The Brazilian climate target must include plans and objectives to achieve emission neutrality by 2050 and specific sectorial plans for land-use change, encouraging integrated production systems.
The transition toward a green economy will only be possible if investors worldwide rethink where they direct their assets. Placing Nature-Based Solutions (SbN) at the center of investment strategies is essential. Financing good practices and technical assistance is necessary so that medium and small producers in developing countries can restore their land and invest in regenerative agriculture.Therefore, it is urgent that during COP26, negotiators determine the follow-up mechanisms to ensure that investments are aligned with the objectives of the Paris Agreement. Furthermore, establishing the processes and deadlines for the consolidation of funding commitments and the mechanisms that ensure the transparency of funding need also to be actual results of the conference.
One of the biggest obstacles to starting implementing the Paris Agreement is the global consensus on Article 6 of that commitment. That article deals with the guidelines that allow the trading of carbon credits between different stakeholders. Such definitions need to be provided in the Paris Agreement Rulebook. If there is no agreement on Article 6 guidance in a timely manner, the absence of consensus could perpetuate uncertainty about global carbon trading and limit potential and essential sources for future investments.Negotiators must consider that in addition to looking at specific sectors, it is essential to seek cooperative approaches that ensure consistency and great environmental integrity. The system to be built must be robust and transparent to contemplate and differentiate a set of interconnected, overlapping, and conflicting national priorities, in addition to preventing countries from adopting weaker climate targets so that they can sell more credits.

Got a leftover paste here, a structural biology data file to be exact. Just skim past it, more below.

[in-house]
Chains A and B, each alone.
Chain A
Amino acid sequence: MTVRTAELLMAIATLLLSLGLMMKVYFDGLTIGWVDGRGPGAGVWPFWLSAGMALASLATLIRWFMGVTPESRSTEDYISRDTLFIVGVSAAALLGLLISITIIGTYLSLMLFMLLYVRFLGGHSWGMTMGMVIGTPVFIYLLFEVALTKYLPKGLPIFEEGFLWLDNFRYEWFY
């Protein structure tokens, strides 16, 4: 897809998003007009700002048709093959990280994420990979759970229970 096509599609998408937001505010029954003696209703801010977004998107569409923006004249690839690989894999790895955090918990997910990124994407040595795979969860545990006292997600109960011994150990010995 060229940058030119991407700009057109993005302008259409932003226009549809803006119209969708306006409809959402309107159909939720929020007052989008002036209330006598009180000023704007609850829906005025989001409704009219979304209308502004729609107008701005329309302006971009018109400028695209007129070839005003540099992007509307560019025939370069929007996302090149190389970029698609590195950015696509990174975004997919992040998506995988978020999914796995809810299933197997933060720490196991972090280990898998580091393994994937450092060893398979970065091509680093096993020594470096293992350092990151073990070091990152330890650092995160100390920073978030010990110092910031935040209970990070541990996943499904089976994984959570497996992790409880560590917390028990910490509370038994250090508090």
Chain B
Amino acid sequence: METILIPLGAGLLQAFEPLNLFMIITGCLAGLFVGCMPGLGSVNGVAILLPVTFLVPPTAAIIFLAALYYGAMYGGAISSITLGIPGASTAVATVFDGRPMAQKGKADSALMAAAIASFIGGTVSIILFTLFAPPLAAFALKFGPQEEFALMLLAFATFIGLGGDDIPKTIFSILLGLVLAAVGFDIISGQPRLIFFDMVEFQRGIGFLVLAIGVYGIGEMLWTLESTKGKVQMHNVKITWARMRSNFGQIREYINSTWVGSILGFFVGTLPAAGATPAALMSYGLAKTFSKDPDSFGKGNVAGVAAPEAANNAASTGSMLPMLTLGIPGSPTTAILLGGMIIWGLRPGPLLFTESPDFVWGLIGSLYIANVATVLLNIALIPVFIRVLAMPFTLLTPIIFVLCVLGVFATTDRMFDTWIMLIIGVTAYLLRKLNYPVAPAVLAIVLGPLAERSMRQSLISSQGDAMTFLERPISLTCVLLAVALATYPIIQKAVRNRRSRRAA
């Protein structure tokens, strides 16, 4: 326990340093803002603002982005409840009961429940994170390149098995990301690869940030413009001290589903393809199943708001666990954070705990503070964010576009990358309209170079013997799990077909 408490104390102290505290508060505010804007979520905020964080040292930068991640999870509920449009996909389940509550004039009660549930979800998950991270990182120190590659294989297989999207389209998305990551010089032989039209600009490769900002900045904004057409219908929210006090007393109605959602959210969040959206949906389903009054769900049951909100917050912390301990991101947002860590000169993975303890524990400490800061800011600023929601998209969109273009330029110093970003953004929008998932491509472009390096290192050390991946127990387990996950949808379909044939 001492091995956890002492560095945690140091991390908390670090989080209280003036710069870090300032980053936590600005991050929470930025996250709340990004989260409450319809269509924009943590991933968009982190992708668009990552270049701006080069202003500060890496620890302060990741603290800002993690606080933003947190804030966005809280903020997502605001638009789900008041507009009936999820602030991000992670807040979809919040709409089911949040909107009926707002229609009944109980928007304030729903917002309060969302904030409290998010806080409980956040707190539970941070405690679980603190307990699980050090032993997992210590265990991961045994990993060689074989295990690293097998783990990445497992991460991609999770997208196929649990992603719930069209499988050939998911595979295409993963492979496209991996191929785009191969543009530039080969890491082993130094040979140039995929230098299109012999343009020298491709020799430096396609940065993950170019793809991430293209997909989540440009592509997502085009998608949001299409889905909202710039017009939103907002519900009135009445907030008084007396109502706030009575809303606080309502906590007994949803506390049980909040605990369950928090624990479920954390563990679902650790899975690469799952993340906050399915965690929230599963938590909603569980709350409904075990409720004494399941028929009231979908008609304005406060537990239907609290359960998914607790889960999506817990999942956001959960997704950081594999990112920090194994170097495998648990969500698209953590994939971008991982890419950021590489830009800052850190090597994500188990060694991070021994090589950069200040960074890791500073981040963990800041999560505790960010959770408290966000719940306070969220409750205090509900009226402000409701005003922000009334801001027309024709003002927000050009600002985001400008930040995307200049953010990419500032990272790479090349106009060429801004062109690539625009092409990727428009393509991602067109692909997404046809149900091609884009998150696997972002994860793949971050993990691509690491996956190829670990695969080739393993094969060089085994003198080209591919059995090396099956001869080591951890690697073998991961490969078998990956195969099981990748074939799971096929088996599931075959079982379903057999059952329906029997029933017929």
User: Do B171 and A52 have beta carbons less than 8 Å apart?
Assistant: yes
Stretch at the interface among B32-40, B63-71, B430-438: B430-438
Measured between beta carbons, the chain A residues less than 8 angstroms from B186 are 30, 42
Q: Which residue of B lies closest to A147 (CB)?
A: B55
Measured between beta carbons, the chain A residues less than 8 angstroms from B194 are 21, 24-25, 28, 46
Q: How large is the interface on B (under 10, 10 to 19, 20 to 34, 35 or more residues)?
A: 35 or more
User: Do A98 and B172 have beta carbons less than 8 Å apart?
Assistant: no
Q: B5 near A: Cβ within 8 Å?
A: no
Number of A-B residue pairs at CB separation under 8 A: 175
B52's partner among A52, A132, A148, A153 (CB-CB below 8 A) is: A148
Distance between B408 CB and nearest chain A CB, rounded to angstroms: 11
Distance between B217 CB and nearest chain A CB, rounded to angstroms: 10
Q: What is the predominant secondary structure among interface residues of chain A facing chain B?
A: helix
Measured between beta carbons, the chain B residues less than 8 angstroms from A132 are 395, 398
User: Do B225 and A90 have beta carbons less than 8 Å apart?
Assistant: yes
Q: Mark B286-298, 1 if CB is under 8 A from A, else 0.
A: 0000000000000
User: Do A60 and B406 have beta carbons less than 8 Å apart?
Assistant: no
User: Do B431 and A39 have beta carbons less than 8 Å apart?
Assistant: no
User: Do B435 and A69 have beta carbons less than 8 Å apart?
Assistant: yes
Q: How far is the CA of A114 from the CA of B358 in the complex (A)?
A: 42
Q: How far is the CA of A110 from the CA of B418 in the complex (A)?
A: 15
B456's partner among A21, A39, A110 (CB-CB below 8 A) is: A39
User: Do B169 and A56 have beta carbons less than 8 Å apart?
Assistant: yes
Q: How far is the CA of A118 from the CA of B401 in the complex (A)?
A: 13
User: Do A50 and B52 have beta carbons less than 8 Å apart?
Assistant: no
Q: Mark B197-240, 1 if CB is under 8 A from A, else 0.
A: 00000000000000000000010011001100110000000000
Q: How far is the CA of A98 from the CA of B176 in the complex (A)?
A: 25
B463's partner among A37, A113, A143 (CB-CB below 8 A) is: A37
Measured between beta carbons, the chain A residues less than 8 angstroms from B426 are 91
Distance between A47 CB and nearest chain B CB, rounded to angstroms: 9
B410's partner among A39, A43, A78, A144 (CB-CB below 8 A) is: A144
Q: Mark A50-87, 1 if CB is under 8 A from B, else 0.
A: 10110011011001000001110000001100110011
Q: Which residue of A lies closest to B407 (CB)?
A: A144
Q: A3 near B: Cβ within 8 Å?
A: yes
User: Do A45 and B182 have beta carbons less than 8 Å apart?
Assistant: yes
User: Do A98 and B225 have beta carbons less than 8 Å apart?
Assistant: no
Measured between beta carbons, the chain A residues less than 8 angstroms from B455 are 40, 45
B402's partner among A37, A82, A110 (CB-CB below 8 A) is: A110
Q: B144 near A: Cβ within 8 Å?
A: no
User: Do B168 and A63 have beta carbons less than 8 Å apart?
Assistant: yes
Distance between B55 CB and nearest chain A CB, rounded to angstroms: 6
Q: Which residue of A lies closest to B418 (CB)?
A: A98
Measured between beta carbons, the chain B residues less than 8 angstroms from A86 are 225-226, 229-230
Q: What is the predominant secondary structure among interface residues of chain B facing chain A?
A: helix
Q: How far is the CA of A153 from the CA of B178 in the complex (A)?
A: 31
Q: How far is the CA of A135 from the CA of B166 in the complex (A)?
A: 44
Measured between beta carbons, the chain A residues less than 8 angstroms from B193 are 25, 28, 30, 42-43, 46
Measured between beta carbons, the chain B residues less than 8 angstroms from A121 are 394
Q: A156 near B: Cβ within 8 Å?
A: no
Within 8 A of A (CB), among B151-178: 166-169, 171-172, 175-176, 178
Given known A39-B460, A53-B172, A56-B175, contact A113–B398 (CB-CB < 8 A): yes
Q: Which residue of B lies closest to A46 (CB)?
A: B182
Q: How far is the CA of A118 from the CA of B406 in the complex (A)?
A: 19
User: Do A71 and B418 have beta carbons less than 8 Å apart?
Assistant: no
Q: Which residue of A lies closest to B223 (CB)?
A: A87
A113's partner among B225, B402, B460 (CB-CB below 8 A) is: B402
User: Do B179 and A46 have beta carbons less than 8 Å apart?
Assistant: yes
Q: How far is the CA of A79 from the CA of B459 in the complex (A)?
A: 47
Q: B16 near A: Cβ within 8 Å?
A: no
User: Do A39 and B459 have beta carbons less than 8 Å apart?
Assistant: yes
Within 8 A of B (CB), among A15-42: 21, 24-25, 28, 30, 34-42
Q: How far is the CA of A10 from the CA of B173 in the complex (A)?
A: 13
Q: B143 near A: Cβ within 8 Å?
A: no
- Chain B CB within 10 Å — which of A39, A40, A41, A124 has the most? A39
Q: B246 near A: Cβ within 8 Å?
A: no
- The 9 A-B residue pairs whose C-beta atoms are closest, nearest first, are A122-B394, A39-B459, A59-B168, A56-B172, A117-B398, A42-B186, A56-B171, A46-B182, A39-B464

Therefore, the expectation is that COP26 will bring the regulation of Article 6 of the Paris Agreement on carbon markets so that it might finally enable the mechanism to bring scale to Nature-Based Solutions.
The climate crisis is a global challenge, but there is no denying that its consequences aggravate the situation of populations whose rights are already threatened. Therefore, the negotiators' efforts must guarantee greater racial, age, gender, and social class diversity. Those populations' voices and rights should be guaranteed in the debates on tackling the climate emergency and implementing solutions.That objective should guide all results of the conference, including climate finance, by including among its priorities support for adaptation and mitigation measures that contemplate a fair transition to the development of a low-carbon economy. Guaranteeing rights and assistance to vulnerable populations and, particularly, Indigenous and local peoples and communities is also a must.
November 4, 9:00-10:30 GM
Nature Pavilion - Blue Zone
INDIGENOUS PEOPLES AND LOCAL COMMUNITIES-LED CLIMATE SOLUTIONS
This panel will explore where investment in rights and governance in Indigenous communities supported the implementation of Indigenous Peoples and Local Communities-led Climate Solutions. These presentations will provide common themes and challenges. see the full schedule